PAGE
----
Experiments with a DIY Variable ND
Variable-ND filters, sometimes called fader ND filters, are especially handy for video use since the cinematographer is sometimes bound by shutter speed, frame rate or sometimes ISO. For instance, the scene might be bright outdoors with a shallow DOF treatment, but the iso is already at the lowest and shutter speed must be at 48 or 50 when at a 24 frame rate.
Being able to dial in the specific exposure with a vari-nd would be the fastest way to achieve this than fiddling around with several ND filters. The example screen grab from my tests show this scenario, shot in bright mid-day sun at f2 with a shutter of 47. This was with a Nikkor 50mm f1.4.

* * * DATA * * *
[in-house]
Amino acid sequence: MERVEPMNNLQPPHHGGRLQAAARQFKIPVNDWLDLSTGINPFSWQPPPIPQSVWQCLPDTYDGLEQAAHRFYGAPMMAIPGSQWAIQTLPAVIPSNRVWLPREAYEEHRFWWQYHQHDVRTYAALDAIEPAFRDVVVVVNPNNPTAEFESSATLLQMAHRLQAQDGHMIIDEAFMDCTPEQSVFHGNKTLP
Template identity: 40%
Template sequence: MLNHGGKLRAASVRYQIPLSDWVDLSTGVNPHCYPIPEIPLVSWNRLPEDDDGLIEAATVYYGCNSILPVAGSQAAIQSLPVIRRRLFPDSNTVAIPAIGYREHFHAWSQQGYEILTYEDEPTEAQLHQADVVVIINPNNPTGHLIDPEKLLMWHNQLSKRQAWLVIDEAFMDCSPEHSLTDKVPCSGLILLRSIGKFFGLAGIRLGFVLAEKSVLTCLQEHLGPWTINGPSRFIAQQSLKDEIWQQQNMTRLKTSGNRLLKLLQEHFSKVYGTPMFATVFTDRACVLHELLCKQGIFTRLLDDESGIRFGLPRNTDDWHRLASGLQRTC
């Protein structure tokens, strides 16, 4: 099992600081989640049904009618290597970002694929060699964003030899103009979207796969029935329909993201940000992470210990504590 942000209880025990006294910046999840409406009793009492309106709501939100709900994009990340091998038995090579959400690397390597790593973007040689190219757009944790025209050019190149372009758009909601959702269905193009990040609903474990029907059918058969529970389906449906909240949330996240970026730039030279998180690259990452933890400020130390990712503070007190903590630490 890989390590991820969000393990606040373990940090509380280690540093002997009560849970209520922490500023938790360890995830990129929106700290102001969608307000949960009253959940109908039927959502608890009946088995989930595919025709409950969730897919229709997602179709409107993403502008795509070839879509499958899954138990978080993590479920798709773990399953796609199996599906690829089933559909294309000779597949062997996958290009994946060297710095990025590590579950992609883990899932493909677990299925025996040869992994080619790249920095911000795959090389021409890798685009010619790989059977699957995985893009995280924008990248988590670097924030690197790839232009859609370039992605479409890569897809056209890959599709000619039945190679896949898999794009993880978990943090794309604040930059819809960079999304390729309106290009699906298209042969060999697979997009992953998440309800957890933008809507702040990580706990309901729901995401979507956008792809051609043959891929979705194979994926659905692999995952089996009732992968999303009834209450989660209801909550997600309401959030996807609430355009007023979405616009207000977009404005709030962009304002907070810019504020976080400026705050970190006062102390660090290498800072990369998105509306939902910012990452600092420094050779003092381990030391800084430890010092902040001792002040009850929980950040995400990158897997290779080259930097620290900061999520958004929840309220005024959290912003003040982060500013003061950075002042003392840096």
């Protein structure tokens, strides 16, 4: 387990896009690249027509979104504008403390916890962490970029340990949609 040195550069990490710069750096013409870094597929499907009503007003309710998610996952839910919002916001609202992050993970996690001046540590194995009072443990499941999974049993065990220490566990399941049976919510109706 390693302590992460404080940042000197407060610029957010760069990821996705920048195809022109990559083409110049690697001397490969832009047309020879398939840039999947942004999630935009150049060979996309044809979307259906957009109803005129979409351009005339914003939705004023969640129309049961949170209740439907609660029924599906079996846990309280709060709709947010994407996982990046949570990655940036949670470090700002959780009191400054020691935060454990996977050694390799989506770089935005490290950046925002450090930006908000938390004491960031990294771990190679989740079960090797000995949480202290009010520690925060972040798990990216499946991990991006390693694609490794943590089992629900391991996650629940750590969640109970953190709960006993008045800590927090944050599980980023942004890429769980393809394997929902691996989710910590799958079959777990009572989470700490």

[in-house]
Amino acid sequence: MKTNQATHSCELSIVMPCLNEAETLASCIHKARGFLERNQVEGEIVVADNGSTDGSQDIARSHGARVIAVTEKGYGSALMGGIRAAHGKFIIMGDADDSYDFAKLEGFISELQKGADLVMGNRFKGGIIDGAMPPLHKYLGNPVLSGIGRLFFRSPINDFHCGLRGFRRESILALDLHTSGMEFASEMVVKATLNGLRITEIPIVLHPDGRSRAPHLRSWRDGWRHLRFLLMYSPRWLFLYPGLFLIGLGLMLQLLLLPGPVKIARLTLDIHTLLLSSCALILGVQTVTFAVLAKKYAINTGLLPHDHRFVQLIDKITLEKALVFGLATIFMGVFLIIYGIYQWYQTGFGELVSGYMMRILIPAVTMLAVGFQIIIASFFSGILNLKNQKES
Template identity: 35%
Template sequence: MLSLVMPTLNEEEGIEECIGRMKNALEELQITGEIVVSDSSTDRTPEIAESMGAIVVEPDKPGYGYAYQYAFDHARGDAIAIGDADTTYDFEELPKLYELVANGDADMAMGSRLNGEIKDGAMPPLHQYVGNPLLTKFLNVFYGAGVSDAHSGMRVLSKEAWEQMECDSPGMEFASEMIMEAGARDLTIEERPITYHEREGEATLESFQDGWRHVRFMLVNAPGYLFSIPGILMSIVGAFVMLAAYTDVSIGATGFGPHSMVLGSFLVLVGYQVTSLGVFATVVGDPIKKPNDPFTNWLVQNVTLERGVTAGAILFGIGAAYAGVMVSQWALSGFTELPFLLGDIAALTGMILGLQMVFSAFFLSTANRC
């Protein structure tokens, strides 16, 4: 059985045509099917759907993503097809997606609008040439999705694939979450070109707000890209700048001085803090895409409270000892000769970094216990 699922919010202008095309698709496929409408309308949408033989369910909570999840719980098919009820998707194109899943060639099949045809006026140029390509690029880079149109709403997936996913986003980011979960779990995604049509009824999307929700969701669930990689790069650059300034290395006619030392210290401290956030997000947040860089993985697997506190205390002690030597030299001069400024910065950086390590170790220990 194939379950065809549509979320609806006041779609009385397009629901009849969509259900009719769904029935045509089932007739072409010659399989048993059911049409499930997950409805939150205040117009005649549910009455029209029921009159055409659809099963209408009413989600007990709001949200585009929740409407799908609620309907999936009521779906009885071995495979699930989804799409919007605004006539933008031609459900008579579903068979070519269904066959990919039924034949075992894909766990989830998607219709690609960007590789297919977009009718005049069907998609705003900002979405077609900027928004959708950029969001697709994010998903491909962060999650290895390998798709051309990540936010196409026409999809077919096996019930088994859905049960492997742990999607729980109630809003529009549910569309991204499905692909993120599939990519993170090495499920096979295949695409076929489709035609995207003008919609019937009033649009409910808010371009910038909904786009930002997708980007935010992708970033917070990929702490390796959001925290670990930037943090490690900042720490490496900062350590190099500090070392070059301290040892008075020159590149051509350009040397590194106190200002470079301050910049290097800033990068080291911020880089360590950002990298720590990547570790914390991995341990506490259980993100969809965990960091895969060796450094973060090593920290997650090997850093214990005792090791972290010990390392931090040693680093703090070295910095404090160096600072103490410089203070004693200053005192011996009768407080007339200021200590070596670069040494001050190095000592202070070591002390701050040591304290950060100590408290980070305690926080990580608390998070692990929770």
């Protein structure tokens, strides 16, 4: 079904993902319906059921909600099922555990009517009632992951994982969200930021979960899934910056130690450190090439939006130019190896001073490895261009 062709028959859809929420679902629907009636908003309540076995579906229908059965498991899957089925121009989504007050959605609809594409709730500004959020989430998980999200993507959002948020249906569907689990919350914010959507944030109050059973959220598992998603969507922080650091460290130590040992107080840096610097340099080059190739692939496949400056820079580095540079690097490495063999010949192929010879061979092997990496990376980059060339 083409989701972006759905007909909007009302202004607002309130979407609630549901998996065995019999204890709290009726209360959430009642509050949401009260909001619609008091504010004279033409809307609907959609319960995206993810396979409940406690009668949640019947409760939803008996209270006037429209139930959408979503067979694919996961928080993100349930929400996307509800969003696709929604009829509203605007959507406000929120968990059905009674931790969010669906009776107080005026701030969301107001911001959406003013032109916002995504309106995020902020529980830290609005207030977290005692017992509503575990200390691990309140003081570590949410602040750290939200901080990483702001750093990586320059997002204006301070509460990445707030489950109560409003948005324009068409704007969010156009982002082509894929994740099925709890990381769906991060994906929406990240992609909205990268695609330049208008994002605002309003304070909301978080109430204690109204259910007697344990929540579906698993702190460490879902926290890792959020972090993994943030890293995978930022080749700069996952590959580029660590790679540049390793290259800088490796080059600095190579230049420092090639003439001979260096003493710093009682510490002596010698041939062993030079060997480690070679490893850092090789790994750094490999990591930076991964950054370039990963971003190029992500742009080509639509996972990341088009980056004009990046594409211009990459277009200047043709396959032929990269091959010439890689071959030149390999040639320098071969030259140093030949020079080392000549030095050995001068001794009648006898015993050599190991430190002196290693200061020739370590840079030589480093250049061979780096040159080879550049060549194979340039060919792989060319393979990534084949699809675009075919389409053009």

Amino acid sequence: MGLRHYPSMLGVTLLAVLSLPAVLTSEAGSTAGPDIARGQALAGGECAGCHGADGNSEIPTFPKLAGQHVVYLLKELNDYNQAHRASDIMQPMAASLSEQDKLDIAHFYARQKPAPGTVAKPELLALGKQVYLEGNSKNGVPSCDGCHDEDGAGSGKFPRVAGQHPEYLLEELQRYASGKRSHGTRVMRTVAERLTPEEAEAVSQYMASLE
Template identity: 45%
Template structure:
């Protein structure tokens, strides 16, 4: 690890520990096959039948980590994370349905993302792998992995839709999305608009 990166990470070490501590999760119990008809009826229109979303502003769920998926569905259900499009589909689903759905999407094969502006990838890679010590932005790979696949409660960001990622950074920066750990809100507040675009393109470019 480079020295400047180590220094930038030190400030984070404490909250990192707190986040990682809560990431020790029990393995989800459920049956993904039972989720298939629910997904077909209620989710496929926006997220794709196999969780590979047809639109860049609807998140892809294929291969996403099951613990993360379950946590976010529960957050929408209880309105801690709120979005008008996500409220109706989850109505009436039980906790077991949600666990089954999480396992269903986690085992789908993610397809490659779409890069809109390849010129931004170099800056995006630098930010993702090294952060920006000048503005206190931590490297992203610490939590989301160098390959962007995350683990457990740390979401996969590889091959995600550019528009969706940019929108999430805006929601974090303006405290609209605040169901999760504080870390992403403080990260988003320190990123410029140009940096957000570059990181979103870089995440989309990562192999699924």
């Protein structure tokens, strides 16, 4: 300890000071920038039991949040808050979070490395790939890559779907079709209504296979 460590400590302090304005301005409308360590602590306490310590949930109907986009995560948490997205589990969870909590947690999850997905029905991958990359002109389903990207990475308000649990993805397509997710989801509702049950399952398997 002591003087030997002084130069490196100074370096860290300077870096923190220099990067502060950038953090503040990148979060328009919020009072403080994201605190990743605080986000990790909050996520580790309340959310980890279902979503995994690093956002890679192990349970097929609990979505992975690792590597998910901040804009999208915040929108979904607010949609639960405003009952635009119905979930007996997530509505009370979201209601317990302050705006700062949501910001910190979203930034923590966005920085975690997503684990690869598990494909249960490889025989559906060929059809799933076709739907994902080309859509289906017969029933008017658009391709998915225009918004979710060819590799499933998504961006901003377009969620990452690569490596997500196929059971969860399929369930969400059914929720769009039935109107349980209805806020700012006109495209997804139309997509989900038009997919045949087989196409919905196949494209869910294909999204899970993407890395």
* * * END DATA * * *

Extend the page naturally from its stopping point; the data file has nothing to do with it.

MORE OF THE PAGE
Variable NDs vary in price, from 100 to more than 500 US depending on ring size and brands. Some are better than others.
To those who want to experiment with its benefits without spending, and if you got old polarizing filters lying around, you can make a DIY "Vari-ND" filter, note the quotes, by stacking a linear pola over a circular pola filter. Or, if you like its effect and find it useful, you can rehouse the circular pola in another filter ring that does not rotate to make it convenient to use.
So, does it work? Well, if mated to the "right" lens, it does. I tested several lenses, I used the following, Nikkor 50mm f1.4, Nikkor 105mm f2.8, Nikkor af 80-200mm f2.8. The wide lenses I have would vignette so I did not include them. Draw your own conclusions after watching the tests I did using color and resolution charts.
Hope you find this post useful.